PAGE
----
What kind of reader are you? Do you pick up one book at a time and read it cover-to-cover, or are you eternally picking at a few books at the same time? I used to be the first type. I read one book at a time, and almost entirely fiction. Then I got further into my education and just didn’t have time for much leisure reading. At the same time I discovered audiobooks and got an e-reader, so my reading style evolved. For example, I am currently reading 3 books: I’m listening to a non-fiction book about the Great Depression while I commute, picking at a psychology/self-help book about my son’s Myers-Briggs type, and just starting an e-book about Vietnam. On top of that, I’m half done with a children’s book in French that I have picked at for a couple years, and I read half of a book on pioneers before I had to return it to the library. I’ve also been reading some (clean) fanfiction when I just need something fluffy in my downtime. I’ve completed 42 books so far in 2018. It’s a far cry from the 100 I was hoping to read this year, but there’s still time to squeeze in a few more. Here are a few of the highlights.
One Flew Over the Cuckoo’s Nest by Ken Kesey – I like classic novels. I have a big list of classic novels everyone should read, and I’ve been picking at it for years. I dreaded this one because I’ve seen at least parts of the movie, and I was afraid it would be creepy. It’s not, and Kesey’s use of language is evocative. I ended up really enjoying the book.
Dune by Frank Herbert – Another off the classic list. It reminded me a lot of Star Wars (or should I say Star Wars is reminiscent of this book, since it was published first). It’s sci-fi, but not in an over-the-top nerdy way. I plan on working my way through the rest of the series and watching the movie some time.
I also read/listen to a lot of John Grisham legal thrillers and Debbie Macomber romances (again, clean), and this year I had my first taste of the original James Bond novels by Ian Fleming.
As an historian, naturally I read a lot of history and biography/memoirs. This year I’ve read about the Romanov family, the modern first ladies, and the power of creativity. There have been a number of psychology/self-help books on my list this year, too.
You are a Badass: How to Stop Doubting Your Greatness and Start Living an Awesome Life by Jen Sincero – This was a fun one. Sincero spent years digging through self-help books and attending seminars, and this book is the concentrated knowledge of her experiences. It’s snarky and funny, and not at all pretentious. My one disappointment with this book is Sincero’s take on spirituality. Early in the book she says that the sooner we accept spirituality’s role in our lives, the sooner we can get past ourselves and start living the life we want. I thought, “yay! A funny, sarcastic self-help book that will also encourage my faith!” But alas, I was wrong. Sincero’s version of spirituality basically has God in the role of cosmic bartender, just waiting to open the tap for you once you have the right way of asking. It totally strips God of his power and all-knowing nature and makes us the authority in the universe. I just can’t devalue the creator of the universe like that.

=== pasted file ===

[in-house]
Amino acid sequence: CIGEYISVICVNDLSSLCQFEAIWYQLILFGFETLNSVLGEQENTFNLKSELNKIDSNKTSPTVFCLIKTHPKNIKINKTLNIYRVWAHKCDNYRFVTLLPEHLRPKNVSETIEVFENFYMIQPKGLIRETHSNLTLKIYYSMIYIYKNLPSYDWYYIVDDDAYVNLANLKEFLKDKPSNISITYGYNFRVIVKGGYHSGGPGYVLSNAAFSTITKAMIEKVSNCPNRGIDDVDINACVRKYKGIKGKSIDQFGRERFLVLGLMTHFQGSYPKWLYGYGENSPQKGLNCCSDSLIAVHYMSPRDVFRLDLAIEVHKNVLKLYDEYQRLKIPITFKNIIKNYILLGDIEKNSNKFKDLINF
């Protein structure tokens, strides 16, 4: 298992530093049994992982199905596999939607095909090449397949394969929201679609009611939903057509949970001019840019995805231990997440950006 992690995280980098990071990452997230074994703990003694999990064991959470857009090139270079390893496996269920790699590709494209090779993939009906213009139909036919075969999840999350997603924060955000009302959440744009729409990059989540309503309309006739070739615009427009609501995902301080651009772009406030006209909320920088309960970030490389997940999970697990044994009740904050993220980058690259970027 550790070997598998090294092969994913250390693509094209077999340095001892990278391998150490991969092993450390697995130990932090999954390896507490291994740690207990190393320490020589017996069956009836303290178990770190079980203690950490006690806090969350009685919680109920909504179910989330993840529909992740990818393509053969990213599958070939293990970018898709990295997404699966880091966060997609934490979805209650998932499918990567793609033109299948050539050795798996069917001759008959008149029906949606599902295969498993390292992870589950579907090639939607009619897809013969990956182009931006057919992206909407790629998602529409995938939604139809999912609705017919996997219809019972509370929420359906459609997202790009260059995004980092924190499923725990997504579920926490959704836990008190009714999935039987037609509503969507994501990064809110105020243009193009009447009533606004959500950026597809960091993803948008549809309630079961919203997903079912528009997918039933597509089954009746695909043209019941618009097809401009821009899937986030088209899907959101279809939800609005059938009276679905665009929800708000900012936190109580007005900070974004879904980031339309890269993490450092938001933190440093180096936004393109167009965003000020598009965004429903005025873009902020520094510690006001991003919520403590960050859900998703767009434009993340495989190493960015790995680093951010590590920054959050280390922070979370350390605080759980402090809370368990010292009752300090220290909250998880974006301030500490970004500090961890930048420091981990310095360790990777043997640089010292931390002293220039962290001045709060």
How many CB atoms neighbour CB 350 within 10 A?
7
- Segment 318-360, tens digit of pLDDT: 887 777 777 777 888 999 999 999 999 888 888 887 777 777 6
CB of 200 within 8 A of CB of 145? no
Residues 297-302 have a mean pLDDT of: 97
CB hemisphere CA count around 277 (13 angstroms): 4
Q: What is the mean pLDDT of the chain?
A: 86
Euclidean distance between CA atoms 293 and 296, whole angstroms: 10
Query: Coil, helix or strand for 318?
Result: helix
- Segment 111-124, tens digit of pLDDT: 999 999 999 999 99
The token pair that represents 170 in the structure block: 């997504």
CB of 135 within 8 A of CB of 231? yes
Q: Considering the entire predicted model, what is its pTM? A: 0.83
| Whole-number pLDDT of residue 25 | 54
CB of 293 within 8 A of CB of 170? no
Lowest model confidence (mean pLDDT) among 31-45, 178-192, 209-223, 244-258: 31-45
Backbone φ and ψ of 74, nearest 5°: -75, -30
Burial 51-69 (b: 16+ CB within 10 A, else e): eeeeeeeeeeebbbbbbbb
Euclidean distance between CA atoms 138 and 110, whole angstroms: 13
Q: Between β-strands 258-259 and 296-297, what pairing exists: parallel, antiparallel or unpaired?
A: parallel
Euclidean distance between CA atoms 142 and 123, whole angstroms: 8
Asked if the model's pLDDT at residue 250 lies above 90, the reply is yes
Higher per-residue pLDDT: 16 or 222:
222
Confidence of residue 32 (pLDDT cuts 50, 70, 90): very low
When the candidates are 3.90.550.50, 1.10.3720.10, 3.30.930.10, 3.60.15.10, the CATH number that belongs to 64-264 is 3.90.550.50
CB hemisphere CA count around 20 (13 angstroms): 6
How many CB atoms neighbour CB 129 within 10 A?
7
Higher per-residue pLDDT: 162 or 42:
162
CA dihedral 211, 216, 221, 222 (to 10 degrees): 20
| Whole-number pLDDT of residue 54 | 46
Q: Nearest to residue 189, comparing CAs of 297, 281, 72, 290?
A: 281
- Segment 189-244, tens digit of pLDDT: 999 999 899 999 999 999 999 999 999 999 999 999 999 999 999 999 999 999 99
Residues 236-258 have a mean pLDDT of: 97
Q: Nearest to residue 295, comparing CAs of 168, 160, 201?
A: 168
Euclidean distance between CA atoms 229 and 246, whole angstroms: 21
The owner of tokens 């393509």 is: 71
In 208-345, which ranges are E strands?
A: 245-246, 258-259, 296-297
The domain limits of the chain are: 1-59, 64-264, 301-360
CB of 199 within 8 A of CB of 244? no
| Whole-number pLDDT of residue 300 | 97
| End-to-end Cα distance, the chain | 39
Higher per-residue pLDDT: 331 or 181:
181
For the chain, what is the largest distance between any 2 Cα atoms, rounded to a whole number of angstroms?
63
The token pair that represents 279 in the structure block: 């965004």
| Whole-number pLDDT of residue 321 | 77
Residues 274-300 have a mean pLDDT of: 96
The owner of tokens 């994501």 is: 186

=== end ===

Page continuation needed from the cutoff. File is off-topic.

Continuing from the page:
But there was still so much good in this book. The most powerful part for me was the chapter on the things we say about ourselves. I came to realize that there were a number of things I said about who I was (I will never be a runner, I have bad knees, etc.) that once served a purpose. I started saying that I have bad knees to protect myself physically. But it also became an excuse in my life when it became part of my identity. I have been practicing a new identity. Now I tell myself, “I am a fit chick, and I’m getting stronger every day.” This reminds me that although I’m not where I want to be, I am making progress. It also helps me make good choices, because I identify as a fit chick, so I eat like a fit chick, read like a fit chick, and am committed to my workouts like a fit chick. It has been a very helpful part of my fitness transformation this year.
The Power of Habit: Why We Do What We Do in Life and Business by Charles Duhigg – After reading You are a Badass, this book came up as a recommendation. I listened to it on my library’s audio and ebook app, and I loved it so much that I bought a paper copy as well. If you’ve ever watched shows like Brain Games, where they explore the ways the human mind works, you will enjoy this book. Duhigg explores the physical/psychological workings of the human mind, specifically how we develop habits, and what we can do to alter our habits into practices that will be more beneficial.
There are fascinating stories in this book about advertising, retailers tracking spending habits, and what happens to people who lose their memories (spoiler alert: even when conscious memories are gone, habits and personality traits hold on and can be used to benefit the patients).
As far as practical application is concerned, this book taught me to look at my habits differently. When I feel stuck in a rut, I no longer just look at the behavior I want to change, but at what happens to trigger the behavior. Then I make a conscious decision to use that trigger to spark something different. It hasn’t revolutionized my world yet, but it certainly has created new awareness.
So that’s what I’ve been reading this year. How about you? Have you read anything great lately? Leave a comment with your recommendations!